Rating with Ears

Jul 10

Films of 2014, #99: Disgrace (Jacobs, 2008)

This adaptation of JM Coetzee’s prize winning novel takes all the shock, horror and mixed emotions of the novel and places them perfectly into film. English professor David Laurie (John Malkovich) has a sexual relationship with one of his students. This ends up getting out of hand quickly, when the student tells one of her friends and Laurie ends up receiving threats. The school board discovers his escapades and ends up firing him. There’s a great scene where Malkovich is in front of the board and he displays his cockiness and better-than attitude that Malkovich does so well. He’s perfectly dry in his delivery and he’s a great fit for this character.

The script’s dryness is exactly like the novel and once the Laurie moves off to post apartheid South Africa, the movie takes a turn with Laurie living with his daughter and her friend Petrus. Halfway through Disgrace a horrible event happens to the main characters, it’s just as shocking as the book and I won’t give anything away. The choices that Laurie and his daughter have to make in the second half are tough and ambiguous, but it makes for a very powerful second half. Malkovich gives one of his best performances and it’s rare to see a film that perfectly does everything the novel did.

Rating: 9 out of 10. 

Jul 09

Films of 2014, #98: The Flowers of War (Yimou, 2011)

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In 1937, the Imperial Japanese Army invaded China’s capitol city, Nanjing. This even became known as The Nanking massacre or The Rape of Nanking, and The Flowers of War takes these events and turns them into a very moving and powerful epic. Director Zhang Yimou shows growth with his follow up to 2005’s martial arts film, Hero. This is a horrifying event, and this is the first film to deal with these events.

The Flowers of War starts with Christian Bale’s character stuck in the middle of the massacre, trying to get to a Catholic church in order to bury the priest of the church. He reaches the church, along with the a group of young girls and some prostitutes who jumped the wall to get safety in the church.

Bale’s character is a drunk who’s nothing but a mortician, and doesn’t have any interest in saving anyone but himself. When the prostitutes come to the church for shelter, he’s more than happy. But, of course, he has a change of heart as the story goes along and ends up caring for everyone in the church and showing courage and sacrifice later in the film. Bale is just fine here, and he’s also giving a great performance. But, just like in Roger Ebert’s review I can’t help but notice how the film focuses on a white man saving the Chinese people.

Yimou does a shockingly great job here, allowing the film to take it’s time and naturally progress and move where it needs to. At over two hours long, it’s an epic that stands out in today’s cinema. There’s so many beautiful scenes and lighting that fit with the story and while there’s a few issues with the cliche story and Christian Bale’s character going from a drunk to heroic figure, there’s so many things that go right for The Flowers of War from the beautiful direction, to the great job by all the supporting actors and compelling story.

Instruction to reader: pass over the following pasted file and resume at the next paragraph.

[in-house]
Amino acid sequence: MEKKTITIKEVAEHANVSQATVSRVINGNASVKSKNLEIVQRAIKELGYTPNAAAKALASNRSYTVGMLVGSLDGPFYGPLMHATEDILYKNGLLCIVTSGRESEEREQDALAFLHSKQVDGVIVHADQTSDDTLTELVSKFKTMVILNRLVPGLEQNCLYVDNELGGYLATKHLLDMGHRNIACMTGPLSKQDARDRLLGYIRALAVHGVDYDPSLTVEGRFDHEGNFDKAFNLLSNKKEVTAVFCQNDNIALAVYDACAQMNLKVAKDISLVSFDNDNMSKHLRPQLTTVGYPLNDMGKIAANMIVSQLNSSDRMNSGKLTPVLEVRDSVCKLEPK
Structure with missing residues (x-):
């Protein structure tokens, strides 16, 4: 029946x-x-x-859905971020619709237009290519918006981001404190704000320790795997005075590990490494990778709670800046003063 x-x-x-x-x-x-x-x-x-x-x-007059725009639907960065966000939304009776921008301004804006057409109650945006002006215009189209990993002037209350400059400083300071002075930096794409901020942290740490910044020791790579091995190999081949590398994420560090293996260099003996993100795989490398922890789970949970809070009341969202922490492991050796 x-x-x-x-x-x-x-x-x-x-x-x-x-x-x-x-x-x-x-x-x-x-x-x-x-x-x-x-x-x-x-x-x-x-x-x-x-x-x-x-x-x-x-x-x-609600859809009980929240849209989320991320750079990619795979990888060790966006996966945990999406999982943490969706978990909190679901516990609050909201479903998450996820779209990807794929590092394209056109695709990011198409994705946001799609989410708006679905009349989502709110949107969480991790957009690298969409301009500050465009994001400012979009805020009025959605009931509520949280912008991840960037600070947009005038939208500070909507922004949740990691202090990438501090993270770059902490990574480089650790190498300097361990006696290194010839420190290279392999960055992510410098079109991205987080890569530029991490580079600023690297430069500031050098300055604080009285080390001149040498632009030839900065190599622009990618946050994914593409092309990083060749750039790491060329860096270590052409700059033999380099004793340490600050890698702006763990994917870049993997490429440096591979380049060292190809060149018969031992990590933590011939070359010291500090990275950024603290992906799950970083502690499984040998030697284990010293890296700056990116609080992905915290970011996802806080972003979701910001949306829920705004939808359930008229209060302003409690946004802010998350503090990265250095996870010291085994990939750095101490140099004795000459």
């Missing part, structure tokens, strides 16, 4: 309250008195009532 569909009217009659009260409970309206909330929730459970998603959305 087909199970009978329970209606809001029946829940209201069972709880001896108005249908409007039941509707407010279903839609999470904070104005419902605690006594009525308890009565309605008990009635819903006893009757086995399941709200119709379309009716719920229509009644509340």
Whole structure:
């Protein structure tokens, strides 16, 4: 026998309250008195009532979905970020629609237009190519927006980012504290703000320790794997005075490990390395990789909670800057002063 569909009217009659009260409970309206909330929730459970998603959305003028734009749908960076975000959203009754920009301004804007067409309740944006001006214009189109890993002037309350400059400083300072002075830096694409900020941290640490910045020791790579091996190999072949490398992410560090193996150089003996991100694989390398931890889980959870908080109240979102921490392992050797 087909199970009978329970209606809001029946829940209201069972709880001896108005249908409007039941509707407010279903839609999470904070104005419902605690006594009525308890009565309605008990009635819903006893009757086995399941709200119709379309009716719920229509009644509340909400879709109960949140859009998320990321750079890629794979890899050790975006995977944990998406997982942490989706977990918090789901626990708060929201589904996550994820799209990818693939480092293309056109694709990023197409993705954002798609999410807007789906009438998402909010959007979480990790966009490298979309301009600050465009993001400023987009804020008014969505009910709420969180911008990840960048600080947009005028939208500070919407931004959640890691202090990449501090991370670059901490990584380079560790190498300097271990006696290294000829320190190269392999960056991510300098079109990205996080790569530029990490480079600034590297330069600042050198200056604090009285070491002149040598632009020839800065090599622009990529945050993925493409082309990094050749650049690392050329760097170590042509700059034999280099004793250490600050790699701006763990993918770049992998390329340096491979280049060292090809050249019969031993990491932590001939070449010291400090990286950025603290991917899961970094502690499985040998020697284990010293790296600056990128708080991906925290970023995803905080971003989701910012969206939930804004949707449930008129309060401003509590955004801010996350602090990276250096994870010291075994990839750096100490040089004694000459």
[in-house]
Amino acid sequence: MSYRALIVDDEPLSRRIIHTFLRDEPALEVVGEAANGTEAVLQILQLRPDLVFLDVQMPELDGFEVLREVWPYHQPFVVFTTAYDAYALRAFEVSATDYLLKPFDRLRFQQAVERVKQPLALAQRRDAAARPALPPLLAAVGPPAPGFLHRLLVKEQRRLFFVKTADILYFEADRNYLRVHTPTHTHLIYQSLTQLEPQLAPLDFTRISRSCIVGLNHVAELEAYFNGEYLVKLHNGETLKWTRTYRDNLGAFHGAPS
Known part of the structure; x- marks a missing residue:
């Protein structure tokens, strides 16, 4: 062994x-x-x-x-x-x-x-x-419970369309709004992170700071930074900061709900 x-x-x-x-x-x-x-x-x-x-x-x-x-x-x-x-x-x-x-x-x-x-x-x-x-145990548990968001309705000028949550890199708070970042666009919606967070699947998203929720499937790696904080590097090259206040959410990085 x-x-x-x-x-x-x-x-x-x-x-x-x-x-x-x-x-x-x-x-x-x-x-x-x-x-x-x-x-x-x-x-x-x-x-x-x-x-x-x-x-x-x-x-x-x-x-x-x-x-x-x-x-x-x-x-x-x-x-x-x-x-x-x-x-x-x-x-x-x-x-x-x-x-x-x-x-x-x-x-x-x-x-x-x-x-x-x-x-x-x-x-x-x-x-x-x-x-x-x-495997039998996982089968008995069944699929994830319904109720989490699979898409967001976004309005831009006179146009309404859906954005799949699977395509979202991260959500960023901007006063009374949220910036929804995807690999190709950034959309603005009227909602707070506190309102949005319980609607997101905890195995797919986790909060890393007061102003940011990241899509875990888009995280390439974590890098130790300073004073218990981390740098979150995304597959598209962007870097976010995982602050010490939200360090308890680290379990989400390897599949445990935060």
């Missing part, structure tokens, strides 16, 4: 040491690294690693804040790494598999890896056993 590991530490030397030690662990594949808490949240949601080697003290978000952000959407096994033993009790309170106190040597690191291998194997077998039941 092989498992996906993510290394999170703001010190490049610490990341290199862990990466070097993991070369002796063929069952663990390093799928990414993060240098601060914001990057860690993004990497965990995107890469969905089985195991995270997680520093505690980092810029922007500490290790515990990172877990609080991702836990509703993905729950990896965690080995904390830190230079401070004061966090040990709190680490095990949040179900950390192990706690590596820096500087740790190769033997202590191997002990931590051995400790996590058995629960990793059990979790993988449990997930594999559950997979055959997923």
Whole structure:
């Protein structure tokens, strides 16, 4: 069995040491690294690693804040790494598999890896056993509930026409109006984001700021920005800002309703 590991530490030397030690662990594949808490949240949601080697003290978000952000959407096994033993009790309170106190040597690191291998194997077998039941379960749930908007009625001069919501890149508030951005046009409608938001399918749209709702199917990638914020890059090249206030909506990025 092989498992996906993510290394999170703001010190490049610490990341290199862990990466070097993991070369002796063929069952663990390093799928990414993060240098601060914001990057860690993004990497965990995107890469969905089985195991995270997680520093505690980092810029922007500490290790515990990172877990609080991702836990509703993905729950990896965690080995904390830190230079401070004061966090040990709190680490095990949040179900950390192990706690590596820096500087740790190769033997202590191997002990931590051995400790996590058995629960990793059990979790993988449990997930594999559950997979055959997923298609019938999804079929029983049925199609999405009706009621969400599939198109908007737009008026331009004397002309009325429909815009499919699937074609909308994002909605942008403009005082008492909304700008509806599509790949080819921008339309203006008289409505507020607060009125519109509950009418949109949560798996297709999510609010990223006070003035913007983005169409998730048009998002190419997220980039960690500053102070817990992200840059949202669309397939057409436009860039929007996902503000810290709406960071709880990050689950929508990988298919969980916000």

Rating: 8 out of 10.

Jul 06

Films of 2014, #97: Black Orpheus (Camus, 1959)

The winner of Palme d’Or at Cannes in 1959, this retelling of the Greek myth of Orpheus and Eurydice does a good job at the story. But what makes Black Orpheus stand out is the music by Antonia Carlos Jobin and Luiz Bonfa. It’s a beautiful film that comes to life by showing a massive amount of colors and stunning costumes that pop in the environment. It’s not a great movie, but it’s worth watching for all the music.

Rating: 7 out of 10. 

Jul 01

Films of 2014, #96: Polyester (Waters, 1981)

John Waters has been known to put out some very ridiculous and raunchy films over the years, and Polyester is quite ridiculous, but it’s never as funny as it tries to be. The films use of “Odorama”, where audiences were given scratch and sniff cards with numbers on them and smell the correct number when it popped up on the screen. Polyester stars Divine as a woman who’s husband runs a porno theater and her house now has protesters outside because of her husband’s profession. Meanwhile, her daughter is an over sexual teenager and her son breaks random people’s feet. It’s insane and stupid and trashy, and everything that’s to be expected from a John Waters’ film. The use of “Odorama” was lost on me, as I didn’t have a card, so all the moments where Divine was walking around smelling things just didn’t work.

Rating: 2 out of 10.

Jun 30

Films of 2014, #95: Love Liza (Louisa, 2002)

Winston Joel (Phillip Seymour Hoffman) is dealing with the recent suicide of his wife and discovers a sealed letter that she wrote to him shortly before her death. Winston takes an interest in model planes and an odd fascination with gasoline. I’m not sure if Love Liza is supposed to funny or horribly tragic. It’s trying to fit into both, and not working in either. Hoffman gives a good performance, but it’s not captivating enough to hold interest though the entire movie. A movie that seems too long at only 90 minutes. Kathy Bates shows up from time to time and she the one thing that really works well. Although Hoffman’s character is meant to be awkward, it’s too much and makes for a uncomfortable movie that never fits.

Rating: 5 out of 10.

Jun 28

Films of 2014, #94: Jersey Boys (Eastwood, 2014)